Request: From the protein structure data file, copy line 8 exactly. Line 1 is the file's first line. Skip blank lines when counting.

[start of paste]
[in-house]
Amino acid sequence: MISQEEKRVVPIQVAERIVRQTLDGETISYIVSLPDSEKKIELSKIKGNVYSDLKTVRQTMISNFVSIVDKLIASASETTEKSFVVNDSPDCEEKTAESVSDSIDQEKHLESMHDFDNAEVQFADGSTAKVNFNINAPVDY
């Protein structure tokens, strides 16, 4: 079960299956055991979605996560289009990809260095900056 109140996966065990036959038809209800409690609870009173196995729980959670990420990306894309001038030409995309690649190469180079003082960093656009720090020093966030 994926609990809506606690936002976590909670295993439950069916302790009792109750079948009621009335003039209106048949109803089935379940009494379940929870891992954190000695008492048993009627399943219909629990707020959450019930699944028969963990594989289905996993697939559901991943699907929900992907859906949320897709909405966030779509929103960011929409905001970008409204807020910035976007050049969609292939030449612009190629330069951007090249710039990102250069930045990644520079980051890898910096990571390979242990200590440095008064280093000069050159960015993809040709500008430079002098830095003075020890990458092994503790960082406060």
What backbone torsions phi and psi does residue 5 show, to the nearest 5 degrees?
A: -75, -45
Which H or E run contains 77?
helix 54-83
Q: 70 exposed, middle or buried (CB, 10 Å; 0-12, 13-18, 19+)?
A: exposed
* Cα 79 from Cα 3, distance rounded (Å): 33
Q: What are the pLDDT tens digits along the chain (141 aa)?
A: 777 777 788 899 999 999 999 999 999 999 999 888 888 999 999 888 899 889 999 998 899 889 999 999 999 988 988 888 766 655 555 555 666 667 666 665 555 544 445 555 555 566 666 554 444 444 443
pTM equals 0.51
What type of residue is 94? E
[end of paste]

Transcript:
Q: 70 exposed, middle or buried (CB, 10 Å; 0-12, 13-18, 19+)?